Abstract: Using the experience of one community that has undergone a district line altering transformation as a case study, this article argues that endorsement from the state is an essential element for success in efforts to mitigate the educational inequities caused by district boundaries and then offers specific steps states can take to support such changes even without altering district boundaries. Part I will introduce the ways in which school district lines can serve as barriers to educational opportunities, and Part II will summarize several current educational reform proposals and trends that either have the intent or effect of weakening the power of district lines. Part III examines the rationale for the largely successful suburban resistance to district-weakening proposals, filling out the context in which conversations on these topics take place. The case study of the merger of urban and suburban school districts in Memphis and Shelby County, Tennessee will be introduced in Part IV. Utilizing the experience in Memphis and Shelby County, Part V will identify lessons learned from Memphis, focusing on the role of the state in assisting or obstructing elimination of interdistrict disparities, and Part VI will offer practical and politically viable suggestions that states can take to address these issues. Although the legal context was quite different, the practical landscape facing the merger process in Memphis was not unlike what Judge Roth found in Detroit four decades earlier. At issue remained questions about whether education should be considered a common undertaking for the entire metropolitan area it affects, or whether local control should be limited conceptually by existing district lines. If anything, the fences between urban and suburban districts have grown even stronger since the Supreme Court embraced them in Milliken. The lessons from this contemporary attempt to break down school district boundaries demonstrate just how strong those fences have become.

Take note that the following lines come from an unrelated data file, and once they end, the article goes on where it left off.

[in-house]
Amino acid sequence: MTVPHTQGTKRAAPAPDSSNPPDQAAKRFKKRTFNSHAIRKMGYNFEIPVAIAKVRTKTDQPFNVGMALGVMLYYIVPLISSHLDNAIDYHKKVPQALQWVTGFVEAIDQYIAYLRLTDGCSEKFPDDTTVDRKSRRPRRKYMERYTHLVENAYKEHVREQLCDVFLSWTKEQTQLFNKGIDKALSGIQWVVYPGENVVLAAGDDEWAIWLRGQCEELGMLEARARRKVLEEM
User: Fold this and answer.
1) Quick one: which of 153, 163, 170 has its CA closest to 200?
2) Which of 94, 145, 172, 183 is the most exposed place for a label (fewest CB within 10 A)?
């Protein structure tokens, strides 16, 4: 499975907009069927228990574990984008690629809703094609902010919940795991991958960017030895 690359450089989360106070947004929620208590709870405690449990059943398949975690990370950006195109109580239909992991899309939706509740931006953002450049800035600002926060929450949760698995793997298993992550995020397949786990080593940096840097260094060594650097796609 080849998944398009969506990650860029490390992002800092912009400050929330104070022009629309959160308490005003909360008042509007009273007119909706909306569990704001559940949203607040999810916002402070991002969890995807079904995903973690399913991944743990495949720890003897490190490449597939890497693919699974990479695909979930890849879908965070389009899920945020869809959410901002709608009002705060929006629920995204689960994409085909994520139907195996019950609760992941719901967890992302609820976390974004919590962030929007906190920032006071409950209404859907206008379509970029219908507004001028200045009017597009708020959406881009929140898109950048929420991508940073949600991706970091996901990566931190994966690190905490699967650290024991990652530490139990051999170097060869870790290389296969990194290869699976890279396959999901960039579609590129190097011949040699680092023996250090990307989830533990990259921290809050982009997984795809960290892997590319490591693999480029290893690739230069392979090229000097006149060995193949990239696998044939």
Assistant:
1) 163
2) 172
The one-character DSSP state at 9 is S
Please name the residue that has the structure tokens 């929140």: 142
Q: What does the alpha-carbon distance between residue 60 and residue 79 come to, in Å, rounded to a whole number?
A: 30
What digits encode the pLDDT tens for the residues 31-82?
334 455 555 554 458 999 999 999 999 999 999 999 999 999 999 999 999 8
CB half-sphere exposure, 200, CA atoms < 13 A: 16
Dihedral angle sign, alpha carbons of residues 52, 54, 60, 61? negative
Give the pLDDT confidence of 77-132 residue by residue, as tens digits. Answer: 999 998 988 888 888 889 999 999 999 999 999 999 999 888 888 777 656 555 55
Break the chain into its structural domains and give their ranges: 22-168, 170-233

This article appeared in The Urban Lawyer. The full article is available here.